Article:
by Rashmi Talwar
NOTHING transcends geographical borders like the mom, dad, beta, baby syndrome that catches on with a long innings of a couple. I wondered who an elderly woman was addressing as “Abba” a man her own age, in Lahore till he answered “Ammi jaan…waqt par hun”.
It felt just like home merely 60 km away in Amritsar, where dad used to address mom as “Mummy” and mom vice-versa to dad as “Papa”. Now we too were doing that even before our silver wedding anniversary. It is not Lahore and Amritsar’s shared culture to be blamed for turning couples into each other’s mom-dad but a worldwide trend in marriages nearing a sterling silver.
I remember my most beautiful paternal aunt got married to a Merchant Navy guy. Exposed to countries other than “Mera Bharat Mahan” she addressed her husband “darling” and “sweetheart” as grandmother glared and we teenagers giggled. Tickled endlessly by the endearment, from Mills and Boons reading spree, we could not see the “darling” as the TDH (Tall-Dark-Handsome) but the not so familiar “sweet nothing” in Indian domestic circles surely stirred youthful longings.
A number of gifts from foreign lands kept granny mum but when a new daughter-in-law started the “darling” routine, granny mumbled her choicest expletives: “Hindustan vich reh ke, pati nu ‘darling darling’ kardi hai”. Our giggles were never ending . That was in 70s when we heard mothers call their husbands “Oh ji, Ay ji or Suno ji” and approving nods by grandmothers, till it became a hearty joke in films. Actually, schooling had changed all.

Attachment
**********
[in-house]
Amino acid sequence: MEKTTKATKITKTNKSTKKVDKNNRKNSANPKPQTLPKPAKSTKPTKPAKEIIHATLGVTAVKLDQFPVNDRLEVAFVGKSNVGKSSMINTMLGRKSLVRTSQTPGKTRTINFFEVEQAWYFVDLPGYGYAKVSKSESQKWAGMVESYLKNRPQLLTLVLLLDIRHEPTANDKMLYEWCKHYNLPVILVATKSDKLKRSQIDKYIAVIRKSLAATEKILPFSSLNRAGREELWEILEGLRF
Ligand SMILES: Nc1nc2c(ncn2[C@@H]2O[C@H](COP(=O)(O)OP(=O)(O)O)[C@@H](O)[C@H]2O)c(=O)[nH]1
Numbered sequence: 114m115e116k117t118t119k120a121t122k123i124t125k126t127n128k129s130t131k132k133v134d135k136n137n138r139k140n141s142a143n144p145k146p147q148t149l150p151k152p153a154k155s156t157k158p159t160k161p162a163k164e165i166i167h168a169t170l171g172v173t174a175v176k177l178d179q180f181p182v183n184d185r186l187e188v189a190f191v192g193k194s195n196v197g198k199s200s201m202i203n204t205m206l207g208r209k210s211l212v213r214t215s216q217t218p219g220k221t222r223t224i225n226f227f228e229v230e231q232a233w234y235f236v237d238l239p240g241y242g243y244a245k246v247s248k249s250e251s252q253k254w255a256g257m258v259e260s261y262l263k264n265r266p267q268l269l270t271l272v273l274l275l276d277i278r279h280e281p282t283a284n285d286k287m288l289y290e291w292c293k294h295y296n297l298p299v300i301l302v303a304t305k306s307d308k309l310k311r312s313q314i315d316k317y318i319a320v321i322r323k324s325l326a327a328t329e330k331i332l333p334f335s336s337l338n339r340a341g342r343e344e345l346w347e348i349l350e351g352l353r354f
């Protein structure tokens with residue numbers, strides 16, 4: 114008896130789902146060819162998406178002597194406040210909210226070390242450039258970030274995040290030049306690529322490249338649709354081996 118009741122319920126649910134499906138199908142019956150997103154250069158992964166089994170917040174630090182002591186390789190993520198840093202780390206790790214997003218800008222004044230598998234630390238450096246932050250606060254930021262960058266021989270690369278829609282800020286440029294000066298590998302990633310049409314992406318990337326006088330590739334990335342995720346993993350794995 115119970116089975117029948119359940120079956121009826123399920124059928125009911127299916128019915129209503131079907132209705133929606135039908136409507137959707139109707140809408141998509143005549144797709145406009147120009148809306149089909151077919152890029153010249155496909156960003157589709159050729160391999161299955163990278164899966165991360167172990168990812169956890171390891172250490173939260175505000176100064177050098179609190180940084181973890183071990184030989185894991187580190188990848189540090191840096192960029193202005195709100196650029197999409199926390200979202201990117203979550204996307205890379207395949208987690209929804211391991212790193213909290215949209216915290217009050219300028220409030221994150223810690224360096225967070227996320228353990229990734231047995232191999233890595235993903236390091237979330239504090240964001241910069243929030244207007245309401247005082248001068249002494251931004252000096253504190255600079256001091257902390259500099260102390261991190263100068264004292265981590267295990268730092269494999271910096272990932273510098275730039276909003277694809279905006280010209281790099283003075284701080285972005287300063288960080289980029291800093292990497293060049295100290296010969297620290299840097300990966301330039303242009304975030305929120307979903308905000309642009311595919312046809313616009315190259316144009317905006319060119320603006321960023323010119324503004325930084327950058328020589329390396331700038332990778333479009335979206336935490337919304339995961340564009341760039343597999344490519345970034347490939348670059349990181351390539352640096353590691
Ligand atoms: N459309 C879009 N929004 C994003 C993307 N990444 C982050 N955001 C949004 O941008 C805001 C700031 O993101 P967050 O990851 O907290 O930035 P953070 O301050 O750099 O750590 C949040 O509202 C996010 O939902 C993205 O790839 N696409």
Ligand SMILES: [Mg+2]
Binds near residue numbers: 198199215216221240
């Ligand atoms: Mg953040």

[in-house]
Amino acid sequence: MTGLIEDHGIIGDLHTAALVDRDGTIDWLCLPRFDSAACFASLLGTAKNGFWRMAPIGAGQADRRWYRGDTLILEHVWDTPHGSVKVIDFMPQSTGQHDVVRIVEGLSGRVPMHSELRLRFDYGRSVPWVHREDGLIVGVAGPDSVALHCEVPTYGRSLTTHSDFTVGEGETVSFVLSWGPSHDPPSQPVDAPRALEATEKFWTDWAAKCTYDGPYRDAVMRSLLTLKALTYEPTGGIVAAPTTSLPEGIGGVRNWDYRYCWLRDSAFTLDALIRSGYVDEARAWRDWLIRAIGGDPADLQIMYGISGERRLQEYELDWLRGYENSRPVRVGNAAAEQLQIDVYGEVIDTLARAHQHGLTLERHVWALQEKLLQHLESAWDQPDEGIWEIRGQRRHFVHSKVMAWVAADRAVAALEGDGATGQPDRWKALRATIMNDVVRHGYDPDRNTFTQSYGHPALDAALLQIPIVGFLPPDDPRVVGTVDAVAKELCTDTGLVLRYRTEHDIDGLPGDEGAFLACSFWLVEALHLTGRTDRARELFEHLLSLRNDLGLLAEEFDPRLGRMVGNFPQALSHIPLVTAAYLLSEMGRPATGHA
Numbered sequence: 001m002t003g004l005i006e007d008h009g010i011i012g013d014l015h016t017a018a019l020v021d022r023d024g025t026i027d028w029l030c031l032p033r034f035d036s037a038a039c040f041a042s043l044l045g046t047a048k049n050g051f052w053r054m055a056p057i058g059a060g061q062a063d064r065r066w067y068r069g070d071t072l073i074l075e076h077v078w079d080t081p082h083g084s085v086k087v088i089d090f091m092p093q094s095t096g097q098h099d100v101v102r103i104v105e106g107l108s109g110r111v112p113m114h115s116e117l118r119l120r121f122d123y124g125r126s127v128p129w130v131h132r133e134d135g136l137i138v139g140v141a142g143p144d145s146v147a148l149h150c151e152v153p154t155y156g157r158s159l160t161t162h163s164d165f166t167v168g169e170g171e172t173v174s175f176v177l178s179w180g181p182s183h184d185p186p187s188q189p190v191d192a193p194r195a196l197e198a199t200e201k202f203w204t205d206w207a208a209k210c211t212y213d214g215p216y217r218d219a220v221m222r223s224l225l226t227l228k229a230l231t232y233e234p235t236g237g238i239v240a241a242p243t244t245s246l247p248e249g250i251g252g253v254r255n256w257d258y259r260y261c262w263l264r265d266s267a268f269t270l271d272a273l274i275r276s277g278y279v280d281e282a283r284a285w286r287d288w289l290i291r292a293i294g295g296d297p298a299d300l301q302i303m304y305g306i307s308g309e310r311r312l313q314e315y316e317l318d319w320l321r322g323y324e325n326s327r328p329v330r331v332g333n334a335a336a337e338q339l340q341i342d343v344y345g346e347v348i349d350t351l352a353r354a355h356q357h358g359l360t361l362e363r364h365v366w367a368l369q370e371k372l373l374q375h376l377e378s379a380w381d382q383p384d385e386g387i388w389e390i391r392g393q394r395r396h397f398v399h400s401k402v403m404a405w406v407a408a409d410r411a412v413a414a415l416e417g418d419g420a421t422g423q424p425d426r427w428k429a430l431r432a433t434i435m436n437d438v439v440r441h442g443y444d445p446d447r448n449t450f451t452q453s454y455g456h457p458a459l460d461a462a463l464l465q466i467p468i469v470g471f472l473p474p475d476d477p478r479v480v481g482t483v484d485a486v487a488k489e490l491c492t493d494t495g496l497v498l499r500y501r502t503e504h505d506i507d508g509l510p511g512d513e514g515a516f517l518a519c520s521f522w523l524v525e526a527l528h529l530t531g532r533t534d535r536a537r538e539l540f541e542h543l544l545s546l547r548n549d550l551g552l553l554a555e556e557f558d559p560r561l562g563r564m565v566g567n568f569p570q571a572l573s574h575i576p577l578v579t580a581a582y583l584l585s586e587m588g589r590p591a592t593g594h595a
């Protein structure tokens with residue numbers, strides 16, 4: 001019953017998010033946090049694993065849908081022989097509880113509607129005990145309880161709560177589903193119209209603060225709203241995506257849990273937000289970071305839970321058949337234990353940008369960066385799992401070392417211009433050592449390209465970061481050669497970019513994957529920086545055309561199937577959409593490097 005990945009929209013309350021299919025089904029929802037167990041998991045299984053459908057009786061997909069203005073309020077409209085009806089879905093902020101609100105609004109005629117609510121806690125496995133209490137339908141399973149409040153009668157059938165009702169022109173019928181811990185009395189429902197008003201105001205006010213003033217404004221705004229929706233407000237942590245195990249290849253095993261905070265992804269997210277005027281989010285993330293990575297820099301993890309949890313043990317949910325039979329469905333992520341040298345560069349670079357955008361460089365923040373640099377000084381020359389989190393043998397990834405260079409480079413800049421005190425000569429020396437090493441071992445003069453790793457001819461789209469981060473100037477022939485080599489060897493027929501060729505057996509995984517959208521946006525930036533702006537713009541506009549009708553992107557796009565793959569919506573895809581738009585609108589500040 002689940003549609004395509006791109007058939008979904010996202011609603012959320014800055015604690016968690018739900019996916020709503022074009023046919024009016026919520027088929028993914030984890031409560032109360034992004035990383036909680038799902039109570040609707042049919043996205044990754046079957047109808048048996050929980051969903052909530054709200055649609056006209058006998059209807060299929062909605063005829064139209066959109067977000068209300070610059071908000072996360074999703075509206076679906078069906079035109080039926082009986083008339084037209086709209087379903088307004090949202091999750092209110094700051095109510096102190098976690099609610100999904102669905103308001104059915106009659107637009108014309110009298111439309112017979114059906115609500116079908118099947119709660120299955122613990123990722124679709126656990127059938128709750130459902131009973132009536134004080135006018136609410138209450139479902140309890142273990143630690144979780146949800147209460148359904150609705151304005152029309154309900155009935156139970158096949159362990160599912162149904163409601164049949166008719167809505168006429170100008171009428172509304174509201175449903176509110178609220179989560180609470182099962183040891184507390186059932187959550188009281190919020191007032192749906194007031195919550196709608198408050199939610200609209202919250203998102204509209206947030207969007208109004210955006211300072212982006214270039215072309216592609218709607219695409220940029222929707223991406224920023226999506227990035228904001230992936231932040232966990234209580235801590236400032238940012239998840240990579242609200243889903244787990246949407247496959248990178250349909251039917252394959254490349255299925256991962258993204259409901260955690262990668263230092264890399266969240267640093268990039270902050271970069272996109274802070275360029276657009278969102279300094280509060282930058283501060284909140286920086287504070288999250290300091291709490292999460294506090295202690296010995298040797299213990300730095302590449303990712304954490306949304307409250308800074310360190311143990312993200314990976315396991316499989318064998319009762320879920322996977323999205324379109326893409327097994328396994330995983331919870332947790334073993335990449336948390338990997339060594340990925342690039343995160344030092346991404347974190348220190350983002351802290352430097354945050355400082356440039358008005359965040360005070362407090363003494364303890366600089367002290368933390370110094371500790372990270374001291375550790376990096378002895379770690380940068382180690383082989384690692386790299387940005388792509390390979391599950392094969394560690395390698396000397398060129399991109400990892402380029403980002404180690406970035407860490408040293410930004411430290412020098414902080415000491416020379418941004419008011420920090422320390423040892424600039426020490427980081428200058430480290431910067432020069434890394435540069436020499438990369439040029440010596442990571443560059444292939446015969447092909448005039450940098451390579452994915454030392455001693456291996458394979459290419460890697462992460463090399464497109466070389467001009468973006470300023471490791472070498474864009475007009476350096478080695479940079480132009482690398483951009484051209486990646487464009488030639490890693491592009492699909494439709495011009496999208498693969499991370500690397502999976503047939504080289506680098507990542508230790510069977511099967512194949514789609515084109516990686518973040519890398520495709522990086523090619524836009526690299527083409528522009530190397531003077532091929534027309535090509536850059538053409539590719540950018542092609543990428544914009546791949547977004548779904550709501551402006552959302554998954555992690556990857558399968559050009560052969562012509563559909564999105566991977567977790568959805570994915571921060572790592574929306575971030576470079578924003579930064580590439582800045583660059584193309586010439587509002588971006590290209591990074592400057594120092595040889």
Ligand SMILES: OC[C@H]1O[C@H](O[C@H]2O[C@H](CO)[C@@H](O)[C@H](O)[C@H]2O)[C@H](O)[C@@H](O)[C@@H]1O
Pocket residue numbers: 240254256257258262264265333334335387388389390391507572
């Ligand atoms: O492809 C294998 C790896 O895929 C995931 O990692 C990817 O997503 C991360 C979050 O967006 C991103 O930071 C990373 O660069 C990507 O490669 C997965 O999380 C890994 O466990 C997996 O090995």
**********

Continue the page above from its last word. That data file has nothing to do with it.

Often peer or parental nicknames either spread warmth of familiarity or turn one glacial in later life. My sister when addressed as Nane Shah felt prickly. ‘Petha’, ‘kaddu’, ‘nali cho-cho’, ‘tiddi’, ‘chiku’ ,’drum’, ‘elachi’ and ‘ghori’ were names of our tennis buddies. I felt that more often childhood names re-bonded the shared pranks but most don’t share my enthusiasm. Some even take offence over shortened names as familiarity no more fits them. So when I called my classmate, now a principal, by her short name, she boomed: “Call me Mrs Sandhu”.
However, my ‘darling’ aunt had a unique penchant for name-calling and so musical that none felt berated. A stay at her place was indeed enlightening. Early in the morning she exclaimed “Dhoop aa gayi” for the morning maid and “Raat aa gaya” for the evening servant. A vegetable and fruit vendor outside her house in the morning smiled widely when she asked him “Chor, itne din kio nahi aya?” while her grandchildren danced a merry-go-round with “chor aa gaya..chor aa gaya”. Why she called him “chor” is a long story.
However, some instances can hardly be forgiven. My husband called me by my pet Pomerian’s name: “My Guccu”. “Am I your dog now”, I retorted. “Oh my ‘Beta’, he said teasingly. Another time when I called my friend on mobile and called out “Dain” and somebody asked Seema who is “dain’, she replied: “Rashmi Honi hai…
FIRST PUBLISHED IN “THE TRIBUNE” PAGE 8 ISSUE DATED APRIL 28, 2010